It was an unsolved problem for many years whether the plane can be tiled with a set of
integral tiles such that each natural number is used exactly once as size of a square tile. This
can in fact be done: see [1]

Martin Gardner has published an extensive [2] article written by W. T. Tutte about the early
history of squaring the square.
Lowest-order perfect squared square

## Simple squared squares

A "simple" squared square is one where no subset of the squares forms a rectangle or square,
otherwise it is "compound". The smallest simple perfect squared square was discovered by A.
J. W. Duijvestijn using a computer search. His tiling uses 21 squares, and has been proved to
be minimal. The smallest perfect compound squared square was discovered by T.H.
Willcocks and has 24 squares.

## Mrs. Perkins's quilt

When the constraint of all the squares being different sizes is relaxed, a squared square such
that the side lengths of the smaller squares do not have a common divisor larger than 1 is
called a "Mrs. Perkins's quilt". In other words, the greatest common divisor of all the smaller
side lengths should be 1.

The Mrs. Perkins's quilt problem is to find a Mrs. Perkins's quilt with the fewest pieces for
a given n × n square.

## Cubing the cube

Cubing the cube is the analogue in three dimensions of squaring the square: that is, given a
cube C, the problem of dividing it into finitely many smaller cubes, no two congruent.

Unlike the case of squaring the square, a hard but solvable problem, cubing the cube is
impossible. This can be shown by a relatively simple argument. Consider a hypothetical
cubed cube. The bottom face of this cube is a squared square; lift off the rest of the cube, so
you have a square region of the plane covered with a collection of cubes

Consider the smallest cube in this collection, with side c. Since the smallest square of a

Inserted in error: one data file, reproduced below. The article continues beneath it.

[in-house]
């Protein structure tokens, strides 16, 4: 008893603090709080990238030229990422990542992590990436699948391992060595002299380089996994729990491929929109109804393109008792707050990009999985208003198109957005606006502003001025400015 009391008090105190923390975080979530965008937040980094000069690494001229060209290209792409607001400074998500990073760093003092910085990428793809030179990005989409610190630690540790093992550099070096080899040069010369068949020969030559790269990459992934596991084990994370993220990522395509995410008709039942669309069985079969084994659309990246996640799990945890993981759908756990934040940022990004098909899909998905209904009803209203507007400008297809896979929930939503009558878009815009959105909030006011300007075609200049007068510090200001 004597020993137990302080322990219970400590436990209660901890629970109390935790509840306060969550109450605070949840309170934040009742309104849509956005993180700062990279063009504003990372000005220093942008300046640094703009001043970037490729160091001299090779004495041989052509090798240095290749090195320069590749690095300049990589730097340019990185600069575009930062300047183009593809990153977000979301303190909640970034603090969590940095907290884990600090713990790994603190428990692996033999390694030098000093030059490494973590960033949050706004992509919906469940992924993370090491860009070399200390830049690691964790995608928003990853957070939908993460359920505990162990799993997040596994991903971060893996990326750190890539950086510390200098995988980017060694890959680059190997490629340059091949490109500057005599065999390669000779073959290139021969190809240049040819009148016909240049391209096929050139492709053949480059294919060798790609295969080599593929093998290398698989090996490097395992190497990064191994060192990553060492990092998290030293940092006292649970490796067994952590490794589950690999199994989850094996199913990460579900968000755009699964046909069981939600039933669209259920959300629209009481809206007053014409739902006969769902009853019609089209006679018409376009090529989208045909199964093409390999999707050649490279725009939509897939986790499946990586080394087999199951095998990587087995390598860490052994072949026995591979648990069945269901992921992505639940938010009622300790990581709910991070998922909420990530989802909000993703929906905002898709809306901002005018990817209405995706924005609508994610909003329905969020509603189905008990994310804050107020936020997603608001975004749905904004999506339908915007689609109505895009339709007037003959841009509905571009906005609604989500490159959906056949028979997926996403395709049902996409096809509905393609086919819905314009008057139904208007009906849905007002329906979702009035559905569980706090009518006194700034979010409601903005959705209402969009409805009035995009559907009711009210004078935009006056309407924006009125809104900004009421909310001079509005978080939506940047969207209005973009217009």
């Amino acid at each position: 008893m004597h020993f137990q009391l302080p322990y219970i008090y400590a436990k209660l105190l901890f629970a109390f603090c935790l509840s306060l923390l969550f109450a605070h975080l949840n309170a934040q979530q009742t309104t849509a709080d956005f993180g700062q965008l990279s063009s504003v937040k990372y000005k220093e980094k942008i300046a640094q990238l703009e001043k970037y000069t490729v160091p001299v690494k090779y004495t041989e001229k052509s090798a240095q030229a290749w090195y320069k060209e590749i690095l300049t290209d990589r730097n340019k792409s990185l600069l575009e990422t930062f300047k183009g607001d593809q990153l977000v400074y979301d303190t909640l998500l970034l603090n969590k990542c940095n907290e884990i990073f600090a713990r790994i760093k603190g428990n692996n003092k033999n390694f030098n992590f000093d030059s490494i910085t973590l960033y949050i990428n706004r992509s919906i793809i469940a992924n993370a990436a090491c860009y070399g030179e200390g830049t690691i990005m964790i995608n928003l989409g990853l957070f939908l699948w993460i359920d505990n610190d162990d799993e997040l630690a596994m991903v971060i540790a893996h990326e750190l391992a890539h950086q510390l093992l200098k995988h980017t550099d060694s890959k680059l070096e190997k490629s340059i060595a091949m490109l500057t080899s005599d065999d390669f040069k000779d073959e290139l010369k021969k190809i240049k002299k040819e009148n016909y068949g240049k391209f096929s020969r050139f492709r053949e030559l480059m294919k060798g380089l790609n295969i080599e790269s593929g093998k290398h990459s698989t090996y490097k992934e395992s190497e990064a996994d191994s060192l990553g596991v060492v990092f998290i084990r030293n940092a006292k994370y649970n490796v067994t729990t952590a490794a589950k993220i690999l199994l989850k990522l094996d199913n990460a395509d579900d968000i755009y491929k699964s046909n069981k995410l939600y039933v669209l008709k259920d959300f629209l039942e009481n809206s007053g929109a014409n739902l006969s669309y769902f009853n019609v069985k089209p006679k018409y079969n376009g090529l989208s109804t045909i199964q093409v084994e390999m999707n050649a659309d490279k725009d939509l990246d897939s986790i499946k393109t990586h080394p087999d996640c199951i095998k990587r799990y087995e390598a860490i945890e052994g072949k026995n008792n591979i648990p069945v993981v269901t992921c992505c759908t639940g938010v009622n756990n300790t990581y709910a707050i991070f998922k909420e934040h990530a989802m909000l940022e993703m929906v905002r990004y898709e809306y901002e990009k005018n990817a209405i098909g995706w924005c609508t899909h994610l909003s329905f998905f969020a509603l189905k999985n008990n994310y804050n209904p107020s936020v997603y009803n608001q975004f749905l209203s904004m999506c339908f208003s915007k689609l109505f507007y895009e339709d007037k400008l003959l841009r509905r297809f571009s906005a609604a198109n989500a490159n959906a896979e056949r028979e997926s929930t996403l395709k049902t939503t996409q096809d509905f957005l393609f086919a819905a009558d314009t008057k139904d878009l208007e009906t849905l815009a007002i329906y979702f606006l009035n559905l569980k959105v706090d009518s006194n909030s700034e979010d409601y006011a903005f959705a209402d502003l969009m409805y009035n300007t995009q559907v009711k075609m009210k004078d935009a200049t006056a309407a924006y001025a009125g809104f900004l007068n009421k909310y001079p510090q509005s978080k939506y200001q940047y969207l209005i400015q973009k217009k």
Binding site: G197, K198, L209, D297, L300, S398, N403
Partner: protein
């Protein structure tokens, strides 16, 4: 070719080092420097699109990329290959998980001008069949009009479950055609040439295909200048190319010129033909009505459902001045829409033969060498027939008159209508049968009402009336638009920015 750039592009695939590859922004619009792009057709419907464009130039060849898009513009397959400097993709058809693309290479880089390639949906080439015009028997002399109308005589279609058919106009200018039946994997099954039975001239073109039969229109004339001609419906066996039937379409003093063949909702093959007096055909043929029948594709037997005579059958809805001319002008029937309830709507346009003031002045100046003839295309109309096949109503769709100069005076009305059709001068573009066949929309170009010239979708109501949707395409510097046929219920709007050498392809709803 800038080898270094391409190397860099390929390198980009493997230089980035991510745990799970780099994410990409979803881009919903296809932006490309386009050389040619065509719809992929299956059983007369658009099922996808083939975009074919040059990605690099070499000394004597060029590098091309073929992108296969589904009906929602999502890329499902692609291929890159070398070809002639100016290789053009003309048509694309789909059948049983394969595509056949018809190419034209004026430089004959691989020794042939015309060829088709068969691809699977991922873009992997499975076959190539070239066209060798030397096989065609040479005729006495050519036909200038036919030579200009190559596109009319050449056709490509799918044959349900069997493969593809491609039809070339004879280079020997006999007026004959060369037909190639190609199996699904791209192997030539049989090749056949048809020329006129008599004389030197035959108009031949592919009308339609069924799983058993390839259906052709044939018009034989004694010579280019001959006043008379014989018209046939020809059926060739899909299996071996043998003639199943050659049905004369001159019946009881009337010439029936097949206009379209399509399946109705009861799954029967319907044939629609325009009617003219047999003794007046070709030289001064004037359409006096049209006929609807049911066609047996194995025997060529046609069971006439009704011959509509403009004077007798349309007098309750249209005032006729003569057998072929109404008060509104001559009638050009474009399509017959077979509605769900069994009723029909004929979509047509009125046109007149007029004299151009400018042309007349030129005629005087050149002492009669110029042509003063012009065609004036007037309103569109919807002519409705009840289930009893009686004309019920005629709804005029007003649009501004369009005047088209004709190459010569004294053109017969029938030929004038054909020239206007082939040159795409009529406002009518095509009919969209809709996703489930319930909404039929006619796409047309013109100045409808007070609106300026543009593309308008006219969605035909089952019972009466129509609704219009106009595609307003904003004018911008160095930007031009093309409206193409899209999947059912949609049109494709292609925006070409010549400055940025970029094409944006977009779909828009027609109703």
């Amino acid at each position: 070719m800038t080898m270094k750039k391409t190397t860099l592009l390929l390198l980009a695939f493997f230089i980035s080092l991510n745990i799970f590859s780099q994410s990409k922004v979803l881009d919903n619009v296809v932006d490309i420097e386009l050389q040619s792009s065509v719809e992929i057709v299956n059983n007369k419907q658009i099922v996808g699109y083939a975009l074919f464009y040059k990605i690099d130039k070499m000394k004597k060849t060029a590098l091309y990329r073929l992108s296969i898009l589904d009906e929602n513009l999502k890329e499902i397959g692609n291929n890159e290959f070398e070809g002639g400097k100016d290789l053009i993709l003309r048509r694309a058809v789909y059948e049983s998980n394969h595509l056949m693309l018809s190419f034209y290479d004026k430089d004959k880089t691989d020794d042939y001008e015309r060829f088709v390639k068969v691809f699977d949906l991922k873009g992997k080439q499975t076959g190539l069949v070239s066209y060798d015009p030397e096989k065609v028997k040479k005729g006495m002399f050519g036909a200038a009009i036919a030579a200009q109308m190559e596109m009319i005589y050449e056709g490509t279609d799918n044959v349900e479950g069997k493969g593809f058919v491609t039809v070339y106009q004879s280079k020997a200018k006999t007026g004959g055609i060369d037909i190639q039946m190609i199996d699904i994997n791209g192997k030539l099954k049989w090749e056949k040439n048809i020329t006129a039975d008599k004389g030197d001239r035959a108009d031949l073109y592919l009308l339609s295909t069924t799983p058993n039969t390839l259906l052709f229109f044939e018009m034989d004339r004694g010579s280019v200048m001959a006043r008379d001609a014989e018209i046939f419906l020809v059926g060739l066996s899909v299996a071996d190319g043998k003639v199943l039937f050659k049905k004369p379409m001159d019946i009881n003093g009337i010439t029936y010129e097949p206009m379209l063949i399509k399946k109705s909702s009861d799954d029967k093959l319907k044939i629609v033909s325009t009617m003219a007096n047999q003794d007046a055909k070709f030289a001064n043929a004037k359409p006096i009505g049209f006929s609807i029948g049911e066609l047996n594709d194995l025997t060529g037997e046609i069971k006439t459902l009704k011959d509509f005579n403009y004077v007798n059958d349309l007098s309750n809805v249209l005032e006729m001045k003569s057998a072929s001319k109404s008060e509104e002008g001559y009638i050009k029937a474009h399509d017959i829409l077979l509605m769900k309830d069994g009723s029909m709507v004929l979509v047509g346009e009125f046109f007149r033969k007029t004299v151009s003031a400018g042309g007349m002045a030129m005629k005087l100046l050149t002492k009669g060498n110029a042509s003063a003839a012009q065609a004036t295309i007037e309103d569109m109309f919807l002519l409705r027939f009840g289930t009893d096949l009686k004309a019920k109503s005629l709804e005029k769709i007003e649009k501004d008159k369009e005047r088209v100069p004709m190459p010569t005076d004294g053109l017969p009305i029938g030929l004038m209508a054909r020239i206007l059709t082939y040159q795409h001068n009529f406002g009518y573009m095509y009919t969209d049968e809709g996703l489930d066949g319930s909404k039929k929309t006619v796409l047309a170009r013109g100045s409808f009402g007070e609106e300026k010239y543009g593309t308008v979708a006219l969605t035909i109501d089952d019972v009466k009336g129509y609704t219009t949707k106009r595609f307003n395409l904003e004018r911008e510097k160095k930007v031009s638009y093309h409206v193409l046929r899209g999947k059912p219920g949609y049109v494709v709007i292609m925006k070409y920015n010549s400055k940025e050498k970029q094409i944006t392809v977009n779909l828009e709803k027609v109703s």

squared square cannot be on its edge, its neighbours will all tower over it, meaning that there
isn't space to put a cube of side larger than c on top of it. Since the construction is a cubed
cube, you're not allowed to use a cube of side equal to c; so only smaller cubes may stand
upon S. This means that the top face of S must be a squared square, and the argument
continues by infinite descent. Thus it is not possible to dissect a cube into finitely many
smaller cubes of different sizes.
BAHAGIAN SEKOLAH
KEMENTERIAN PENDIDIKAN MALAYSIA
PARAS 5, BLOK J (SELATAN)
PUSAT BANDAR DAMANSARA
50604 KUALA LUMPUR
Diilustrasi kembali oleh Ahmad Faris bin Johan, Unit ICT, Bahagian Sekolah, Kementerian Pelajaran Malaysia
Tel : 03-2556900
Fax : 03-2562389
Ruj. Tuan :
Ruj. Kami : KP(BS)8591/Jld.VIII / (83)
Tarikh : 6 April 1995
Semua Pengarah Pendidikan Negeri
Y.Bhg. Datuk/Tuan,
SURAT PEKELILING IKHTISAS BIL. 1/1995 :
Keselamatan Diri Pelajar Semasa Pengajaran
Pendidikan Jasmani dan Kesihatan Serta
Kegiatan Kokurikulum dan Sukan
Di Dalam dan Di Luar Kawasan Sekolah
Sebagaimana Y.Bhg. Datuk/Tuan sedia maklum bahawa keselamatan semasa pengajaran
Pendidikan Jasmani dan Kesihatan, kegiatan kokurikulum dan sukan adalah sentiasa
diutamakan. Walau bagaimanapun kemalangan atau kecederaan mungkin boleh berlaku
tanpa diduga.
2. Tujuan surat pekeliling ini adalah untuk memperingatkan semua guru Pendidikan